When my signed hardcover copy of A Dog’s Way Home by Bobbie Pyron first arrived, I felt as if it were Christmas. In being about eleven-year-old Abby and her champion sheltie Tam after they’re separated by a car accident, it’s like a modern-day Lassie Come Home. However, A Dog’s Way Home also distinguishes itself from other classic lost dog stories by being told through alternating viewpoints. In this riveting tale of over 300 pages, Pyron treats readers to an intense love story with complex relationships and probing themes.
What is so special about lost dog stories? At their heart is the bond of love between the main character and their furry four-legged companion. Another way of putting that is how Abby’s dad tells her everyone has a North Star which centers them, gives them meaning, and that they must follow. For Abby, her dog Tam is her North Star. By the same token, Abby is Tam’s girl. She is who he dreams of, listens to, and loves most in the world. Imagine now, if the two are separated. No amount of miles or hardship is going to deter either from finding one another. This fact alone makes for a story that will make you chew your nails, cry, scream, as well as clap your hands, beam, and sing.
How is A Dog’s Way Home different from other dog stories? In those tales which I have read, the point of view remains solely from that of the dog. Pryon instead takes readers inside the emotions of both Abby and her Tam, which heightens the story’s emotional punch. When her parents fail to live up to their promise to return to the crash location, Abby skips school and hops on a bus to find her dog. When her parents find her, Abby doesn’t give up but instead runs up a bill making phone calls to parks and shelters. During all this time, Tam is equally driven to find Abby. He encounters bears, bobcats, porcupines, frostbite, traps, and gunshots. None of this discourage him. On the flip side, when a coyote befriends him, an elderly lady nurses him back to health, and a shelter captures him with intention of adopting him out, Tam also doesn’t let those comforts hinder him from his goal of returning to his girl.
Pryon also reveals to readers the actions of both Abby and Tam. As such, we learn how far and how close the two sometimes are from one another, which intensifies the suspense. For instance, when Tam wriggles loose of both his crate and collar to escape from drowning, he then travels the miles back to the scene of the accident where he waits for Abby’s return. Unfortunately, her parents are dealing with a broken-down vehicle and injuries, and so the family fails to immediately return to look for him. When they finally do take the trip back, Tam has been driven from the spot by hunger. Later, when Tam’s microchip is found and a shelter worker tries to call the family, every message goes straight to an answering machine because the family has moved due to a new job. By the time anyone presses the playback, Tam has once again taken to the road to find Abby. So close and yet so far!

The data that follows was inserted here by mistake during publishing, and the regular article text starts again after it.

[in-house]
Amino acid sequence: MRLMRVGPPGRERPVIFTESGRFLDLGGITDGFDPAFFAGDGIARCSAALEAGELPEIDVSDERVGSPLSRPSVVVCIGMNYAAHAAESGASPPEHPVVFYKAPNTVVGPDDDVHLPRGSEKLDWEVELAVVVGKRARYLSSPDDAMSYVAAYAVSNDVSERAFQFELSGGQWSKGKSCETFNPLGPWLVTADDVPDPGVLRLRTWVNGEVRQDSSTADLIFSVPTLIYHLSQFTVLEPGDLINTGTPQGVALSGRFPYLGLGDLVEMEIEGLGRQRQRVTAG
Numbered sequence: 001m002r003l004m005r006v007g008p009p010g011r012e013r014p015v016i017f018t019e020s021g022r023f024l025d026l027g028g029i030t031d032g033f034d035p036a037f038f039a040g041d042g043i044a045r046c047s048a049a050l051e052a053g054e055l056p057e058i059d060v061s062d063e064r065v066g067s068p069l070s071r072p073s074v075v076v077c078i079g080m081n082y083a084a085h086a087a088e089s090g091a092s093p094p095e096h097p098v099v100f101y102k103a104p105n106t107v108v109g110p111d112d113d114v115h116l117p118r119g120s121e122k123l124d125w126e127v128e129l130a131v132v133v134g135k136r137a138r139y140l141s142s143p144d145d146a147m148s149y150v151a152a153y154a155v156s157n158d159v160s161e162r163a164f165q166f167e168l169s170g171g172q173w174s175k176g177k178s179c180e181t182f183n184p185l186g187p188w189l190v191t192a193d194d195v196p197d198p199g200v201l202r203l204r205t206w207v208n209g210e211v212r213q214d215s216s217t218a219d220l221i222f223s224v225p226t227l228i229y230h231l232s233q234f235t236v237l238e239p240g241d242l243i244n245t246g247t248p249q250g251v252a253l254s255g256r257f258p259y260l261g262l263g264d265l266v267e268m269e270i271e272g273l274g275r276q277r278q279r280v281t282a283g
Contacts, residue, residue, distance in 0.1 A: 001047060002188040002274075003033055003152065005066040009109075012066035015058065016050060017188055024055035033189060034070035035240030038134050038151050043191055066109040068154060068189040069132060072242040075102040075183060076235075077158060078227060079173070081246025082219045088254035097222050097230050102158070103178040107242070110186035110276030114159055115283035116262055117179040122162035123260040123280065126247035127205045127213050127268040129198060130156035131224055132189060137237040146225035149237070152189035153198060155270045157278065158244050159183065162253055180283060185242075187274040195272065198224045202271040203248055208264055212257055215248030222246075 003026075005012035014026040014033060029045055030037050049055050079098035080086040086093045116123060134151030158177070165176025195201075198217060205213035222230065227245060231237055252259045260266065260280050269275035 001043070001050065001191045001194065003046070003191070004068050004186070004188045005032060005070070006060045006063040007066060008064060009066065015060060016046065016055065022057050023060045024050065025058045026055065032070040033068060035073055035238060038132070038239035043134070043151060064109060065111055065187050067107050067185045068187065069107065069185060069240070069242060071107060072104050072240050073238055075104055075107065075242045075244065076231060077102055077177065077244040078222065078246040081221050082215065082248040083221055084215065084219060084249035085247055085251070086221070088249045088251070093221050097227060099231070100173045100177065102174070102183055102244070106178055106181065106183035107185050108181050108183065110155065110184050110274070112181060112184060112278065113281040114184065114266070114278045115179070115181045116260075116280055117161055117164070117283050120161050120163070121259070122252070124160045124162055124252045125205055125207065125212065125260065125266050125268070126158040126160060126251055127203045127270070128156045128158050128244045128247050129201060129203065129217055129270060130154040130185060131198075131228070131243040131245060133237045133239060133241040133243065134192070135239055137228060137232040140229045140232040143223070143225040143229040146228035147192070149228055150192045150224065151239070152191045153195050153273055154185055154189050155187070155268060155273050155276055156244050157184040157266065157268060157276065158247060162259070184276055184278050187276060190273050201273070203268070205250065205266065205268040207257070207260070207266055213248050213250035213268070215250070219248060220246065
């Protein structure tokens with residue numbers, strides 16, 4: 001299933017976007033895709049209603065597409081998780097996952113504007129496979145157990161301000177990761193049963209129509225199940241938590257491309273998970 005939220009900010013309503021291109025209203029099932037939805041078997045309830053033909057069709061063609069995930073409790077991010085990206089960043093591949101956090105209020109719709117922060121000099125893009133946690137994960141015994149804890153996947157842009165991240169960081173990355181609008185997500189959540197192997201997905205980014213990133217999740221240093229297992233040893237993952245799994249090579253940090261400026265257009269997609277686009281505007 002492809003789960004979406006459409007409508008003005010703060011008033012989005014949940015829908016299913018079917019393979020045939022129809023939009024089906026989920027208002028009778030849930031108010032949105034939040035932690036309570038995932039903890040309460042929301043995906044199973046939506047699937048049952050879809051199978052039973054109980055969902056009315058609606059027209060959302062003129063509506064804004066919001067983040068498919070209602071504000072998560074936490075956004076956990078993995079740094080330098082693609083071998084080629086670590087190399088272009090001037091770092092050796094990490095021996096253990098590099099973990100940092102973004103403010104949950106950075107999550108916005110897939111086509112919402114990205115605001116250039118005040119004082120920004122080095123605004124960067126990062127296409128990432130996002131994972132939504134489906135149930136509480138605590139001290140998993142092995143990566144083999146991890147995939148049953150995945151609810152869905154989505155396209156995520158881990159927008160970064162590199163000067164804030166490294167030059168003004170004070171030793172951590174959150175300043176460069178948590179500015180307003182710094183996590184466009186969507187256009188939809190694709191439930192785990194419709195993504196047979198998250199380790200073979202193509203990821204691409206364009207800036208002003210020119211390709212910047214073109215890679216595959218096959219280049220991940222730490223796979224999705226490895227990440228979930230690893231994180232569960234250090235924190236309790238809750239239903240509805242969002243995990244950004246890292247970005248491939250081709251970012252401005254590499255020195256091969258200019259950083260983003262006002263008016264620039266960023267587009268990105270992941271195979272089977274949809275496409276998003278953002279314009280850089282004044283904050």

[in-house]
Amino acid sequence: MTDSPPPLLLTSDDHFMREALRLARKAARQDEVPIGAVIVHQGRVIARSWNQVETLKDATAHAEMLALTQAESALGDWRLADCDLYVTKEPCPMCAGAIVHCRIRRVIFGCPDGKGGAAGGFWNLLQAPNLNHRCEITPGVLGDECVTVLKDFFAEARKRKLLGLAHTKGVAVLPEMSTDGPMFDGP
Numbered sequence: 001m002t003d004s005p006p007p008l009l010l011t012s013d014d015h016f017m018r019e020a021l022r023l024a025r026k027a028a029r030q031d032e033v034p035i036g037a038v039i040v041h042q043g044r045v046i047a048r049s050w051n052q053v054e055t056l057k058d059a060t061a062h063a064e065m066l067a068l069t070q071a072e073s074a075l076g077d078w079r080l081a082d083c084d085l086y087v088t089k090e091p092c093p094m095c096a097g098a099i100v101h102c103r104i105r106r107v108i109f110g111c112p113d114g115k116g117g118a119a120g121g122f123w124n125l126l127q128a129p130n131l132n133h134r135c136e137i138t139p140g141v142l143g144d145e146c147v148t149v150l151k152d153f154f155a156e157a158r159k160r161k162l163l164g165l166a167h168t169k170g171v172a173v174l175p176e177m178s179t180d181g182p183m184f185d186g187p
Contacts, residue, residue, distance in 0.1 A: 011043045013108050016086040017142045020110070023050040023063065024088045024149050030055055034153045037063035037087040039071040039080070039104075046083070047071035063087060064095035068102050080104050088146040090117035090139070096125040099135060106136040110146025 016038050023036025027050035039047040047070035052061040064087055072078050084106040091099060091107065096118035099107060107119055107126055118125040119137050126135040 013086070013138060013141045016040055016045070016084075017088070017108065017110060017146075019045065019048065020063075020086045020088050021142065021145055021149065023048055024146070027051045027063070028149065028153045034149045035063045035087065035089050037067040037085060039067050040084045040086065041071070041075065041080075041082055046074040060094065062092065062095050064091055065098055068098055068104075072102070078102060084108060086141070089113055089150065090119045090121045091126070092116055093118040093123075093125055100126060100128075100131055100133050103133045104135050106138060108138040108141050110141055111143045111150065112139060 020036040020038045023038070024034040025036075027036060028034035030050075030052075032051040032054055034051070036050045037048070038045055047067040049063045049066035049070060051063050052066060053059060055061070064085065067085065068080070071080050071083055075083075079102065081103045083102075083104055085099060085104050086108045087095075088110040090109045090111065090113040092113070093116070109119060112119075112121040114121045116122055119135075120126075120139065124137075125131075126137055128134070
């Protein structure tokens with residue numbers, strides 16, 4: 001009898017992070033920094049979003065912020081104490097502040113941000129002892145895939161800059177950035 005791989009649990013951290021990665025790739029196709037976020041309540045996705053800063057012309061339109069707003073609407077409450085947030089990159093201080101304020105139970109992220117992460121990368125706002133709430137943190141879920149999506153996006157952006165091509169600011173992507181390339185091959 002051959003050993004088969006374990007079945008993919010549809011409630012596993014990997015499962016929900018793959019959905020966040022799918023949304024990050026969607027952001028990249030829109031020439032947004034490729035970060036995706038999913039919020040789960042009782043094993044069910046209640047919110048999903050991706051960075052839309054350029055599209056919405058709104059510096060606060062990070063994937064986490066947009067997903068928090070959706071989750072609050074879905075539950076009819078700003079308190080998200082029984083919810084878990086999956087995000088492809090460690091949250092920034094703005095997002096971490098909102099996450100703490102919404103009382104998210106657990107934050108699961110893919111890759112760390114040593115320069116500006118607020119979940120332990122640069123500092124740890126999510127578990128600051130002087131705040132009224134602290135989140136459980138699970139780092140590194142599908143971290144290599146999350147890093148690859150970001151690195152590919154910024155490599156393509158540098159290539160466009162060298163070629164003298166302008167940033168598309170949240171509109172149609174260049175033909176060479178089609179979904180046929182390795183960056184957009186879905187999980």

Through my critic’s eye, Pyron seems at times to be trying too hard with her sentimental style to manipulate my emotions: “There is no more pitiful thing in the whole world….” At times, I also felt irritated that Tam is yelled at or shot at by practically every stranger he met for apparently looking like a fox. (Other readers also wondered about this detail, but shelties can apparently resemble foxes: More Sheltie Fans.) After the family moves to Tennessee so that Abby’s father can become a country star, I even felt taken aback by some of Abby’s reactions: How small was her hometown that she didn’t know anything about lockers or cell phones? On the flip side, how could a small-town girl suddenly find herself an academic star in a trendier and bigger school but not know about Newbury awards and classics? Finally, when Abby criticisms her new classmates’ obsessions with hair styles, cell phones, and dates, I started to wonder whether she was herself a snob.
Just like author Bobbie Pyron, I grew up reading dog stories. Until A Dog’s Way Home, few dog stories had made me wonder about the complexities involved with a missing dog. (Other readers had a similar reaction: Why I Write Part 2) Yes, Abby’s parents do put their jobs ahead of a search for Tam, but isn’t this how life normally has to be? No, the vet who treats Tam doesn’t bother to check for a microchip, but what would you do if an abused dog showed up on your doorstep? A Dog’s Way Home hit my heart hard, because of Pyron risked portraying the truth of life’s messiness.
Eager to read A Dog’s Way Home? You can win your own copy by commenting on this review or on my interview tomorrow with Bobbie. All entrants will have their names entered into a draw. When you post, please include your email so I can contact you if you’re a winner.
My rating? Bag it: Carry it with you. Make it a top priority to read it.
How would you rate this book?